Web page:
The Arctic has Approximately One-Quarter of the World's Undiscovered Technically Recoverable Oil and Gas Resources

Thursday 13 October 2011, Amsterdam

The Arctic has Approximately One-Quarter of the World's Undiscovered Technically Recoverable Oil and Gas Resources

The Arctic region contains about 6% of the Earth's landmass and is estimated to have approximately 22% of the world's undiscovered oil and gas resources that can be recovered using the currently available technology. The region accounts for about 30% of the world's undiscovered natural gas, 13% of the world's undiscovered oil and 20% of the world's undiscovered natural gas liquid (NGL).

The hydrocarbon riches of the Arctic has been long known to the world but have remained unexploited due to its thick ice cover, harsh climatic conditions, lack of appropriate technology, and the high cost of recovering oil.

Due to declining oil production from the existing onshore fields and the declining number of significant onshore discoveries, the oil producing nations and companies are turning to untouched areas with high potential for oil and gas resources. The high oil prices prevalent in the current market scenario and access to advanced technology are encouraging countries and oil and gas companies to exploit hydrocarbon resources in the Arctic region.

Receding Polar Ice-Caps Leading to Disputes Between Countries in the Arctic
Climate change is causing the polar ice-caps to melt and this is freeing area from under the ice for exploration and navigation in the Arctic region. The Arctic littoral countries, the US (Alaska), Canada, Greenland, Iceland, Norway and Russia have territorial waters in the Arctic Ocean that extend for 200 nautical miles from their respective coast lines. These countries are vying to extend their territories beyond the allotted extents to claim a greater area of the resource-rich Arctic region. This has given rise to disputes between these countries.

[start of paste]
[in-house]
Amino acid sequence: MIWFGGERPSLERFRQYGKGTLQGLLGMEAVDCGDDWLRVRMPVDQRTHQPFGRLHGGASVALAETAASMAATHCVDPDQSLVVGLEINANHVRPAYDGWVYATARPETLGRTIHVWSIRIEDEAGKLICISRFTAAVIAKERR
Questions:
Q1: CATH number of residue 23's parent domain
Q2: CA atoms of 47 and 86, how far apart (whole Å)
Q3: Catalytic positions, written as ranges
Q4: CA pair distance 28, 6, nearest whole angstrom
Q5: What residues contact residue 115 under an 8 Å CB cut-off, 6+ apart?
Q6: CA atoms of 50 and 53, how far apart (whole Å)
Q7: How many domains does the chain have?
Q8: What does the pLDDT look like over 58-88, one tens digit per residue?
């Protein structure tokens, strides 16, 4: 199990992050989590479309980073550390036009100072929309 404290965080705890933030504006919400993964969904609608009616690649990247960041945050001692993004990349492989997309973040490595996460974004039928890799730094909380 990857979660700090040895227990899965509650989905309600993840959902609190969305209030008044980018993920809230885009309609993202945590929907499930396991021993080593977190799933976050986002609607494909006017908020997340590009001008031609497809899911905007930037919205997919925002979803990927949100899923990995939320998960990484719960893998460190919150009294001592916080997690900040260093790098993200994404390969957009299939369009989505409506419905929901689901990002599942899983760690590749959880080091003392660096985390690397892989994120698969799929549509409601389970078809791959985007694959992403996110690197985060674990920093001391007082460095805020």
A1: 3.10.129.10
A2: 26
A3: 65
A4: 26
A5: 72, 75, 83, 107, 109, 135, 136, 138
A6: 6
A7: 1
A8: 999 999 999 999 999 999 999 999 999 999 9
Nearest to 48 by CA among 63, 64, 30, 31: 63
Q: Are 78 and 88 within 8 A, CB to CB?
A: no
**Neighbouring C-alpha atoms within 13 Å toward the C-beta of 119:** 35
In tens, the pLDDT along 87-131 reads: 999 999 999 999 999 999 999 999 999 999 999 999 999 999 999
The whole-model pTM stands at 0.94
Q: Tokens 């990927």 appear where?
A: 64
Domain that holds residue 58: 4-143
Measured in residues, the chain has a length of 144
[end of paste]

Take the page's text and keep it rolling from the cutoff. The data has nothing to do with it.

The ice in the Arctic region is expected to melt and free more land in the future. The Arctic region is believed to currently contain about a quarter of the world's hydrocarbon resources and other precious metals. The melting ice will also free crucial navigation paths between Europe and East Asia. The melting ice in the Arctic region has resulted in a race between Arctic countries to secure more land. Arctic littoral countries are increasing their military presence in the region to secure their Arctic territories, while also exerting ways to extend these territories.

Disputes between Arctic littoral countries are a result of the ice-caps melting and the global urgency to locate more oil and gas resources as the existing levels fall.

International Oil Companies are the Key Players Vying to Increase their Presence in the Arctic Region
Construction of infrastructure in the Arctic region for oil and gas exploration requires huge investments due to the climatic conditions and the remote location of the region. Conducting exploration activities in the Arctic requires advanced technology that can withstand the harsh conditions of the Arctic, whilst minimizing damage to the environment. This will increase the cost of exploration and development in the region.